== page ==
Twinkle, Twinkle, Little Star
Tonight I think of all the moms who out there in the night sky, barely visible to the naked eye and twinkling just every so often, to the point where you’re not really sure if you saw them sparkle at all. The bigger, brighter stars are the ones people see and the smaller, dimmer stars look insignificant. These are the moms (and dads) whose kids, although wonderful and talented in their own rights, are buried under emotional and behavioral issues. The moms (and dads) suffer in silence. They can’t share the hellish interactions they have with their kids, because they’re horrified that they even participated in the whole thing. You see these moms in the grocery store and they “look” normal. They’re pleasant and courteous, hiding their overwhelming pain. They say “fine” in convincing tones when you ask how they are, because the truth of the matter is they can’t be honest at that exact moment. They might break, they might crumble and they fear they might lose all of their sparkle if they are remotely honest about how they’re doing.
The grandparents of their children don’t know have a clue how their now-adult children go to bed each night wondering if tomorrow is the day that the entire family explodes and their child is hauled away in a police car. Their neighbors may hear some noises eminating from their home from time to time. Maybe they’ve even reached out to share the basic information about their child’s diagnoses, but the neighbors can’t possibly know their pain; their daily struggles to keep the family in tact for just one more day.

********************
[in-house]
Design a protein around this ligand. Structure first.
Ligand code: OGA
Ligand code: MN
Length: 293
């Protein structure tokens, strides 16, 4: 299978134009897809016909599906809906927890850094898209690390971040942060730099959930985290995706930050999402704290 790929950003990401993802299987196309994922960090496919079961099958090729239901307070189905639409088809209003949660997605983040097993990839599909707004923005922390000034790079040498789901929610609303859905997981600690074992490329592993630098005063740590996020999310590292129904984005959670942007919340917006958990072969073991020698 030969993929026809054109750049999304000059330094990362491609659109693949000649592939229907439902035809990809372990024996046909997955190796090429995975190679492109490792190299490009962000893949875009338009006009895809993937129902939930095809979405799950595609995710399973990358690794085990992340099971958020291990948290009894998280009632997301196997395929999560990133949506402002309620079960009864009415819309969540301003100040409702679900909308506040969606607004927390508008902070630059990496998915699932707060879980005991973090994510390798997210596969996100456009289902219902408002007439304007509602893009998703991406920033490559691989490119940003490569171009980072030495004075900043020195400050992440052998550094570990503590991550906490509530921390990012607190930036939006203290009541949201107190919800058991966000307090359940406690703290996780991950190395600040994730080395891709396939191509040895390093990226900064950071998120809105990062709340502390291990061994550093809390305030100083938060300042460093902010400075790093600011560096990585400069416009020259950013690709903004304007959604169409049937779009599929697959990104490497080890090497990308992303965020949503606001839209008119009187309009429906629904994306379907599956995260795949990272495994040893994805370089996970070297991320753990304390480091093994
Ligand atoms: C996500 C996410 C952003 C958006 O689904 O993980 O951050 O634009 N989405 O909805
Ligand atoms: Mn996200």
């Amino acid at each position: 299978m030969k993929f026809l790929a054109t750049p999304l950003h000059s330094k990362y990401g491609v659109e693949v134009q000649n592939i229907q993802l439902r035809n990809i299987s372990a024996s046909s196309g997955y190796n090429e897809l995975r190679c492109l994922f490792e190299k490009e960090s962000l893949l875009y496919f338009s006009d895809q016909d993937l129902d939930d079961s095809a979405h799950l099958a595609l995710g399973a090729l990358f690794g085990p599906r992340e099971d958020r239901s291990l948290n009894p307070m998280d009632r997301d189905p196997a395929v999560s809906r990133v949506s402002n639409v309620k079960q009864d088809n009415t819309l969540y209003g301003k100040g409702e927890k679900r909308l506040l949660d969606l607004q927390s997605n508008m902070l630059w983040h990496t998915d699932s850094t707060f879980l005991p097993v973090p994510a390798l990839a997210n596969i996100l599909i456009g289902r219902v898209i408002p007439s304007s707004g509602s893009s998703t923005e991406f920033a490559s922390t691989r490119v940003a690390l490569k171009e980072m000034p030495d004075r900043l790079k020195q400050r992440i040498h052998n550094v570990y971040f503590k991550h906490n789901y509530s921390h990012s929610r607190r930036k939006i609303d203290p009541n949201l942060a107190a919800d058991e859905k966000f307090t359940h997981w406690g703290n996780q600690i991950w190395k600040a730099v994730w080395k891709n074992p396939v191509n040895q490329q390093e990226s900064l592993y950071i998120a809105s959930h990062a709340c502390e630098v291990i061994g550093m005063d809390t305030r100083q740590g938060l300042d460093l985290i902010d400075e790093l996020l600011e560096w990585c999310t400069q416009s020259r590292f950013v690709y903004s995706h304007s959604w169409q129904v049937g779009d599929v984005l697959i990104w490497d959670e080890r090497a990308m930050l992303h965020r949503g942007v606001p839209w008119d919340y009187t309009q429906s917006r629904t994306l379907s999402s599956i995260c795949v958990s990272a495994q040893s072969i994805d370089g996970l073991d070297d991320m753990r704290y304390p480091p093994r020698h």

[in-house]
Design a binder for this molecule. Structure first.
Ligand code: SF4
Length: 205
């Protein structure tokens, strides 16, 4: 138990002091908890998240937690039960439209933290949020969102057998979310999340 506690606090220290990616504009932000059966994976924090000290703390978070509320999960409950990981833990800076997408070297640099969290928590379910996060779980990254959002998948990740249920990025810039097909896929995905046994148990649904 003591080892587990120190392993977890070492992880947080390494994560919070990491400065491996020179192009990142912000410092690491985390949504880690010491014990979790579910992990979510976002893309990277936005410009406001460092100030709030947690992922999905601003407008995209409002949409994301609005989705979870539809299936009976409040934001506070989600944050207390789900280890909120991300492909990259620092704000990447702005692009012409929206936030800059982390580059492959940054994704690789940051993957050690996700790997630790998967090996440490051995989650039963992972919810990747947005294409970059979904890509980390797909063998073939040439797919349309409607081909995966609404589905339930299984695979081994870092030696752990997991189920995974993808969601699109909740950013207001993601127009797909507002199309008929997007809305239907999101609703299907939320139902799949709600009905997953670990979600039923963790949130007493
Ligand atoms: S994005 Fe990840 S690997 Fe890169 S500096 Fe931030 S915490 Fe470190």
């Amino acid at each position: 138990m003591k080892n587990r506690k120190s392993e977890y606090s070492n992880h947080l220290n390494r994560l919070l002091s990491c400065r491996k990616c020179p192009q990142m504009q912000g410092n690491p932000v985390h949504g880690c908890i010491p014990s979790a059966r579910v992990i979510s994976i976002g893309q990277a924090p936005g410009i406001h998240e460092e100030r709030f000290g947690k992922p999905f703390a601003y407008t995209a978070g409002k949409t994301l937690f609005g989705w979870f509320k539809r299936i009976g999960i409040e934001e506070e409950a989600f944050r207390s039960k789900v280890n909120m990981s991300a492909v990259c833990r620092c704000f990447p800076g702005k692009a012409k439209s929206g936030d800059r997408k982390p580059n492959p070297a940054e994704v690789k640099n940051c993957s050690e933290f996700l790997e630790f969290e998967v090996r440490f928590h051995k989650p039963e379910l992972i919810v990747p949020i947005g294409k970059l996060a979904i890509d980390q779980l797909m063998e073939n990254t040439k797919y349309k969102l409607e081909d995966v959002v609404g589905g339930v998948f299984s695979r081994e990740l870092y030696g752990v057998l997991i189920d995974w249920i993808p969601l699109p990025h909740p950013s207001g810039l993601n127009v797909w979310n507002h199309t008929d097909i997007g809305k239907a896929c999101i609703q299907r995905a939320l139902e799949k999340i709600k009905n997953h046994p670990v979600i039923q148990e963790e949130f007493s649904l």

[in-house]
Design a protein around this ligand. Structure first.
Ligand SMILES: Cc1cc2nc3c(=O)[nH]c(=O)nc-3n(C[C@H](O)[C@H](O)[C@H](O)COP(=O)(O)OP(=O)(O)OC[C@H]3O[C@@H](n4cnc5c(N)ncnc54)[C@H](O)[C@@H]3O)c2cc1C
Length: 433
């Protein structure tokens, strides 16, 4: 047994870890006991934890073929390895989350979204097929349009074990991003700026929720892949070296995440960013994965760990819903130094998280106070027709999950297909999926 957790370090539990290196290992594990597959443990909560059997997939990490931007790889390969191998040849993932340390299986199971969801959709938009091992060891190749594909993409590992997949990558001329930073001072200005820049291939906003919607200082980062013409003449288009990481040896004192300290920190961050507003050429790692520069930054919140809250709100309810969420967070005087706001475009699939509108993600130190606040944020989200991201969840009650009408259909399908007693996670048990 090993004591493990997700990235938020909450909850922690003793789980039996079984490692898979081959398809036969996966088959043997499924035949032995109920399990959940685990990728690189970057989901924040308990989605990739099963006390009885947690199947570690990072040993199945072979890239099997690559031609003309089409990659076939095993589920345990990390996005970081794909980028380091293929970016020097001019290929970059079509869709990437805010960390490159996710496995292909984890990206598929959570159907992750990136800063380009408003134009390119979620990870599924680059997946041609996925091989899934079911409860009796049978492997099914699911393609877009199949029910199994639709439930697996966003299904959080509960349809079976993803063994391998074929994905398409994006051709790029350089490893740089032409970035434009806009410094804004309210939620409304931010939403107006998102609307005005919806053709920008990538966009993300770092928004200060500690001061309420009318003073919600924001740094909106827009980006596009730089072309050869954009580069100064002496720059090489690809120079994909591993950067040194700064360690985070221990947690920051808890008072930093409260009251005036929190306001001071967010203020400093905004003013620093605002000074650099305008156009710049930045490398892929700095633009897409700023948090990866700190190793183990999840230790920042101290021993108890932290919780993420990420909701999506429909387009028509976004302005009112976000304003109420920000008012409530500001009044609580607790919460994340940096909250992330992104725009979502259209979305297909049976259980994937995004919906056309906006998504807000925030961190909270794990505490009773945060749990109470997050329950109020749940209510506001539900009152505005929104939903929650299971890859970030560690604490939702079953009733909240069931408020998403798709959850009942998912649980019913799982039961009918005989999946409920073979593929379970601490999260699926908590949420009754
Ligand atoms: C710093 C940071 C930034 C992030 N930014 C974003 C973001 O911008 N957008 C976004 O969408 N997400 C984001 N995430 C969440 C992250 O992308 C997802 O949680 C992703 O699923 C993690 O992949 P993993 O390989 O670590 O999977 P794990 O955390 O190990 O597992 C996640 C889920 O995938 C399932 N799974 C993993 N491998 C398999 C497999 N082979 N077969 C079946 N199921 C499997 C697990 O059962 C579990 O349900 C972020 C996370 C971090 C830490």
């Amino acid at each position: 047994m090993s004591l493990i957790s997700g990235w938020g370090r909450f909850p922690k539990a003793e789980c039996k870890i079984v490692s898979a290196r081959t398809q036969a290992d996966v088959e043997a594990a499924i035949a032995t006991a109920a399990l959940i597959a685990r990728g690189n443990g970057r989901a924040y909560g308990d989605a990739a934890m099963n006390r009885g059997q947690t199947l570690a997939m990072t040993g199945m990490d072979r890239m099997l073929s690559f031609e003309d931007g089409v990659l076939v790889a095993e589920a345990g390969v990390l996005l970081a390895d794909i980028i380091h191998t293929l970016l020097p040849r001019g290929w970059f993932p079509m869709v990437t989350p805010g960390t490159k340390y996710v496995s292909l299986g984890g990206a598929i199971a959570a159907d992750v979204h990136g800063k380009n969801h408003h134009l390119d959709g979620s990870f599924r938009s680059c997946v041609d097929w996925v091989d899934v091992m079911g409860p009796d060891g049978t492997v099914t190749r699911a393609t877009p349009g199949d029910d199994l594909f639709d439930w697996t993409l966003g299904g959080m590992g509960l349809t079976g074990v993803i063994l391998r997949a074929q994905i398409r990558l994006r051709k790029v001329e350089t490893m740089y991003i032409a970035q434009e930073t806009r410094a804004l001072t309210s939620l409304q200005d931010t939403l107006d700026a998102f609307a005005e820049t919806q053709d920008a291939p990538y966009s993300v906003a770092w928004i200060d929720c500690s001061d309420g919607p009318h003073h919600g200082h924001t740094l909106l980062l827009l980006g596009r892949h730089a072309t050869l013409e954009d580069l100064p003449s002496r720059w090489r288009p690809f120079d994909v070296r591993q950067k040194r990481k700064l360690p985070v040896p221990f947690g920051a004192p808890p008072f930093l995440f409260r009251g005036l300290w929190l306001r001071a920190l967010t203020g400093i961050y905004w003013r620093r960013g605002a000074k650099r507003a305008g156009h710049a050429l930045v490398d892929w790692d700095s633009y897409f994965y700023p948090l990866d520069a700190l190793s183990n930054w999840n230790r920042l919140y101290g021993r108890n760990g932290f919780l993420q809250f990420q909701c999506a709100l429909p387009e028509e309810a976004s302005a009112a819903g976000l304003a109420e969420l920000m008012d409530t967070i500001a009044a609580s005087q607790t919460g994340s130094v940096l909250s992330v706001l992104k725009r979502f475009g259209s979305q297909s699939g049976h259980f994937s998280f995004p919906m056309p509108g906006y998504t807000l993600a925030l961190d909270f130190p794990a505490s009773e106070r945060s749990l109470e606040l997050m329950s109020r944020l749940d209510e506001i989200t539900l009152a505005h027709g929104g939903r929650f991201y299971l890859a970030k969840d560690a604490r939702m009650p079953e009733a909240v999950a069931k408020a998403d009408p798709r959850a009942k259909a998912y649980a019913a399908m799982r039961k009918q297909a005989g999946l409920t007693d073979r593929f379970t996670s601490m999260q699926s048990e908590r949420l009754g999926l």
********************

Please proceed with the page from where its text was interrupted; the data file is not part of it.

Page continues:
Many of these fading stars try very, very hard to be engaged in a faith based community. They try to go to synagogue, but are told that Temple isn’t the best place for children who act out or disrupt in any way. Forget about Hebrew school; they know their kids couldn’t possibly hold it together for that long on a weekend morning after going to school all week. They may try children’s church, but the atmosphere is far too structuerd and stressful for their child and any behavior that deviates from the “norm” just isn’t tolerated. These families slink away from faith based services and events in silence, herding their children out as quickly and quietly as possible. They don’t want to be a bother. They don’t want their children, who already have so many challenges, to experience any more rejection. So they go home and try to carry on their faith in family-based ways. They do their best to raise their kids to know and love God the way they do.
Many of these moms have friends, even a best friend, but how can someone possibly relate to the extent of emotional anguish that this fading star is feeling? Whom can they trust with their heart’s concerns? What casual acquaintance can share their burden? Many of these moms are engaged in on-line communities; live chats with other families whose children have emotional and behavioral issues, listservs targeted specifically to them, and so on. But you can’t run to the listserv or e-mail pal EVERYTIME something explodes in your house-you’d monopolize the entire conversation eight days a week. So you don’t. You let another explosion, another meltdown go without mentioning it to anyone. Not because you’re trying to be a martyr. Because you’re too tired. At the end of the day there the words just aren’t there to describe what you’ve yet again endured. You fade a little more.
Tonight I think of you and I will pray for you. For strength. For courage for one more day. That God will meet you and me where we are and restore some sparkle to our lives.